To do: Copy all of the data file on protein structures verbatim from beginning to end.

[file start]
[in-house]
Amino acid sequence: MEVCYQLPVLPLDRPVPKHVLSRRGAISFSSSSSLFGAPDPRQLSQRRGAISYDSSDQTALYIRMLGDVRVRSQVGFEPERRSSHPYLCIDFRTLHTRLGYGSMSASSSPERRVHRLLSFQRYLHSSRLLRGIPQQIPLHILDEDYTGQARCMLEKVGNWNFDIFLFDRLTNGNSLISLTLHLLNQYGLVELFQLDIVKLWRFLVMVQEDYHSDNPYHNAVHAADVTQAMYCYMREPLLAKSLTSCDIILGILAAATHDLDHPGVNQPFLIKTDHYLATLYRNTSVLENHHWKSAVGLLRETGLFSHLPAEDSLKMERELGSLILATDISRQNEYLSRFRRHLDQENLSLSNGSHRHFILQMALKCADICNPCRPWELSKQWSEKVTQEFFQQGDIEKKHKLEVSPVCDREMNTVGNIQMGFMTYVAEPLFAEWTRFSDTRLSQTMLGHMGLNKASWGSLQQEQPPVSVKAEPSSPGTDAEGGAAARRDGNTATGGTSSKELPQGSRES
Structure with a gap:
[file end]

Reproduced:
[in-house]
Amino acid sequence: MEVCYQLPVLPLDRPVPKHVLSRRGAISFSSSSSLFGAPDPRQLSQRRGAISYDSSDQTALYIRMLGDVRVRSQVGFEPERRSSHPYLCIDFRTLHTRLGYGSMSASSSPERRVHRLLSFQRYLHSSRLLRGIPQQIPLHILDEDYTGQARCMLEKVGNWNFDIFLFDRLTNGNSLISLTLHLLNQYGLVELFQLDIVKLWRFLVMVQEDYHSDNPYHNAVHAADVTQAMYCYMREPLLAKSLTSCDIILGILAAATHDLDHPGVNQPFLIKTDHYLATLYRNTSVLENHHWKSAVGLLRETGLFSHLPAEDSLKMERELGSLILATDISRQNEYLSRFRRHLDQENLSLSNGSHRHFILQMALKCADICNPCRPWELSKQWSEKVTQEFFQQGDIEKKHKLEVSPVCDREMNTVGNIQMGFMTYVAEPLFAEWTRFSDTRLSQTMLGHMGLNKASWGSLQQEQPPVSVKAEPSSPGTDAEGGAAARRDGNTATGGTSSKELPQGSRES
Structure with a gap: